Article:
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EDUCATION MINISTER AND SCHOLARSHIPS REGISTRAR VISIT MURDERED TEACHER’S WIDOW

General News

The Minister of Education, Dr Matthew Opoku Prempeh, and the Registrar of Scholarships, Kingsley Agyemang, have paid separate visits to Ivy Aseidua, widow of George Somuah Bosompem, the teacher who was murdered by teenagers in Asiakwa in the Eastern Region who attacked him on 28 April.

The Minister of Education, Dr Matthew Opoku Prempeh, and the Registrar of Scholarships, Kingsley Agyemang, have paid separate visits to Ivy Aseidua, widow of George Somuah Bosompem, the teacher who was murdered by teenagers in Asiakwa in the Eastern Region who attacked him on 28 April.

Lamenting the incident, the Minister of Education said his ministry will do what it takes to curb the recurrence of such incidents and ensure that teachers have adequate protection while carrying out their work.

Living in fear

Earlier, the Registrar of the Ghana Scholarships Secretariat, accompanied by elders of the town, said the murder had not only cast the town in a bad light but also instilled fear in teachers in the town.

Consoling the widow, Mr Agyemang presented an undisclosed sum of money to her and assured her of his assistance.

“I want to take this opportunity to console Madam Asiedua and all the kids left behind. It is a very unfortunate incident, especially someone who had to go through this at the hands of kids he taught.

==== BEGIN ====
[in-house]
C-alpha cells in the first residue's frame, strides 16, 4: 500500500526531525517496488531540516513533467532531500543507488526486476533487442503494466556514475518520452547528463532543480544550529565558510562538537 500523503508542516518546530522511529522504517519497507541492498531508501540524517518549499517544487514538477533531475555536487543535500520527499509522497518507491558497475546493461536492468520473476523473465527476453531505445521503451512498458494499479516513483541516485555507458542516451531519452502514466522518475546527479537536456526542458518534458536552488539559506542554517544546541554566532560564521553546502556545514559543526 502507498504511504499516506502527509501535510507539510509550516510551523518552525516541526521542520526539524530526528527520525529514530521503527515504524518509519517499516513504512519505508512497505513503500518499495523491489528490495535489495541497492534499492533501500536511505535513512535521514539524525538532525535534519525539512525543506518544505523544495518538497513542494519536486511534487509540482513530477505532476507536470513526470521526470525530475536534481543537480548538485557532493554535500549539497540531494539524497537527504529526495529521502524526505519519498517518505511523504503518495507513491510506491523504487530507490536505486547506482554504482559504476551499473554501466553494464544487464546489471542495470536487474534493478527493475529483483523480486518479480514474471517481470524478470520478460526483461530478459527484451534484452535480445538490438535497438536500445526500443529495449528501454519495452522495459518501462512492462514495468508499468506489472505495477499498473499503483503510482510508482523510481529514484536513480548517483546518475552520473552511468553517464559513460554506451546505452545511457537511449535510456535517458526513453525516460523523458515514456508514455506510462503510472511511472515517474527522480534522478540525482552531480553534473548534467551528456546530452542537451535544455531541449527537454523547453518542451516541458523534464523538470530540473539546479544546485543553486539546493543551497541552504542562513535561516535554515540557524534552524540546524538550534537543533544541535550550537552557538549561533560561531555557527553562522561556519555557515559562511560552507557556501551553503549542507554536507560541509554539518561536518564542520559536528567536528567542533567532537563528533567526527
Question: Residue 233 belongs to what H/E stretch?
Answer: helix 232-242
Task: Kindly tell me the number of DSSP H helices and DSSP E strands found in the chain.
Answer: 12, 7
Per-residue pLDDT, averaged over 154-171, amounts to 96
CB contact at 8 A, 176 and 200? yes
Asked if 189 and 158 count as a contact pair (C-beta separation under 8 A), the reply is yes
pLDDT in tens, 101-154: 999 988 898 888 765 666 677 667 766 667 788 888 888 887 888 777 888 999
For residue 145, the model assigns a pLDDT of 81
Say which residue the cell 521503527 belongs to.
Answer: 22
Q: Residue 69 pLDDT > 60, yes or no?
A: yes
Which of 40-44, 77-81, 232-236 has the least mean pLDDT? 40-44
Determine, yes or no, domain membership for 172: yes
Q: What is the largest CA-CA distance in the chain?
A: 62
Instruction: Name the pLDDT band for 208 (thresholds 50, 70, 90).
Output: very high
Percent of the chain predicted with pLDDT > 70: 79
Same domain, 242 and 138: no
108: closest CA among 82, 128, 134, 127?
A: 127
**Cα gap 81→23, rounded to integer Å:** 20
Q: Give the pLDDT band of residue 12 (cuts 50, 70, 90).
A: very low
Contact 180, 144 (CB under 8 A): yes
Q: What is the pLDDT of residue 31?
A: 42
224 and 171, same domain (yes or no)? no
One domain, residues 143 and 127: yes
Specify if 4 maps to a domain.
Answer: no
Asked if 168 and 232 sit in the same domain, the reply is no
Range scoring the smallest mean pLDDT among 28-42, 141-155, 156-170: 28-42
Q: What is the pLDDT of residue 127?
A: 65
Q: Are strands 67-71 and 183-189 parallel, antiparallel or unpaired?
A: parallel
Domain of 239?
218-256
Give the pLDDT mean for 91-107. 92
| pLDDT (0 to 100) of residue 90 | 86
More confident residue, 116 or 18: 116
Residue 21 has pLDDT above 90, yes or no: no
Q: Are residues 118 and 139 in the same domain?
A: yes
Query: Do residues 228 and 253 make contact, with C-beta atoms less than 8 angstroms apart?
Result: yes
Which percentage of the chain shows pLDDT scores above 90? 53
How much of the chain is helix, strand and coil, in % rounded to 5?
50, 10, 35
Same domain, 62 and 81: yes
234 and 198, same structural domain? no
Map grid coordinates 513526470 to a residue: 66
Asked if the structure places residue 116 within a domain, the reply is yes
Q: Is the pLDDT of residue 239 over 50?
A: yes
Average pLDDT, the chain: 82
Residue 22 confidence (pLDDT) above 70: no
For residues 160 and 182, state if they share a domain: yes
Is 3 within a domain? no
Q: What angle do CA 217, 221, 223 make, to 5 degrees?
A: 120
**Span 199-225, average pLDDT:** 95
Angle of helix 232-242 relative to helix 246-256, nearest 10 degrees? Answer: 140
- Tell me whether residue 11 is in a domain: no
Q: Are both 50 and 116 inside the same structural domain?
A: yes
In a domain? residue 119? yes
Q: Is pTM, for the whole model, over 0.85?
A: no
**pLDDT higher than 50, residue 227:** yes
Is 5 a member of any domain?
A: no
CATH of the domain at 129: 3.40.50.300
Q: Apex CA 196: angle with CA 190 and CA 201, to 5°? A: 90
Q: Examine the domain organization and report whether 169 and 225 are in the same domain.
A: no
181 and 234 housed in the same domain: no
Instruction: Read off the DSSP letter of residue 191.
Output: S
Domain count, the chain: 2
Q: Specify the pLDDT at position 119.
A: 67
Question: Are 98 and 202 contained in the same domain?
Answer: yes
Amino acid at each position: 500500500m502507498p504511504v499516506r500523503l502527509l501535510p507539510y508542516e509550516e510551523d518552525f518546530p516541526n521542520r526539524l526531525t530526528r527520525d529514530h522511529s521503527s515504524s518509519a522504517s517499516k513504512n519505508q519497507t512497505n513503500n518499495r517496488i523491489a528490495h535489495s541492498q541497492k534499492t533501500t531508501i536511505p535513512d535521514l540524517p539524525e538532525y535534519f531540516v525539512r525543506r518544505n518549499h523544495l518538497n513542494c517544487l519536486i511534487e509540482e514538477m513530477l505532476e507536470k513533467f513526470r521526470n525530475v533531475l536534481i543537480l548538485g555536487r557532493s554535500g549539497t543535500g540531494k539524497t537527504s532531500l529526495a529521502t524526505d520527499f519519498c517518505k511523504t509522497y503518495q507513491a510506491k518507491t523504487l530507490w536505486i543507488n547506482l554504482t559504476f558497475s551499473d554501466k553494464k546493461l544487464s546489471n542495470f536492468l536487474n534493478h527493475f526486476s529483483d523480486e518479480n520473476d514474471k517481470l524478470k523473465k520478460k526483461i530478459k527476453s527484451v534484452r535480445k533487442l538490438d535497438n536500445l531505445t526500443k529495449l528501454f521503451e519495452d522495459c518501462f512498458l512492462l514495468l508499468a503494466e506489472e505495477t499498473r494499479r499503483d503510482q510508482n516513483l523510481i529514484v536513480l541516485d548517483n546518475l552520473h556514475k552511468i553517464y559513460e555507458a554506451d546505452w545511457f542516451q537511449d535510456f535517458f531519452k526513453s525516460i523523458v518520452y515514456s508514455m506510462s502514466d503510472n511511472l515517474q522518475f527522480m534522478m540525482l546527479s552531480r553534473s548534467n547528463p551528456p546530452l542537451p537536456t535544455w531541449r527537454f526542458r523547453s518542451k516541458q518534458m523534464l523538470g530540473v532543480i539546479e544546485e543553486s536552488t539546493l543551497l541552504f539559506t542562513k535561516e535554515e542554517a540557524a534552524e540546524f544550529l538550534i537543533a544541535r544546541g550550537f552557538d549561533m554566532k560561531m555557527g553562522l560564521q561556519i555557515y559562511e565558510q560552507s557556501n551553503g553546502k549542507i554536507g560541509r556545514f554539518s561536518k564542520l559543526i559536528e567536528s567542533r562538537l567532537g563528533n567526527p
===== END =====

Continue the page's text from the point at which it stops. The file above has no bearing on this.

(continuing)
“However, as investigations go on and we ask that justice be served, I want to assure you that we will be here for you and will support you,” Mr Agyemang said.

Boys in court

Meanwhile, the Kibi District Magistrate’s Court, presided over by Alice Efua Yirenkyi, on Tuesday remanded into prison custody the six young men facing prosecution in connection with Mr Bosompem’s murder.

The accused – Evans Aboagye (alias Otega), 19, Richard Amaning, 18, Ezekiel Boadu, 20, Offei Frimpong, 19, Philip Kodie, 19, and Emmanuel Mireku, 19 ‒ are facing charges of murder and conspiracy to commit a crime.

Prosecutor Margaret Kontoh told the court that investigations carried out showed the ages given by the young men contradicted information held at their schools.

She pleaded with the court to remand the six accused in custody to enable the police to investigate their age records at the Births Registry further.

Age confusion

Defence counsel Peter Nimo challenged the ages provided by the prosecution, arguing that all the accused are below the age of 18 and therefore the case must be tried before a juvenile court.

The defence counsel also pleaded for an alibi for two of the accused ‒ Philip Kodie and Emmanuel Mireku ‒ saying they were not even in the community during the incident.

However, the court did not accept the plea and they were remanded in custody to reappear on May 25.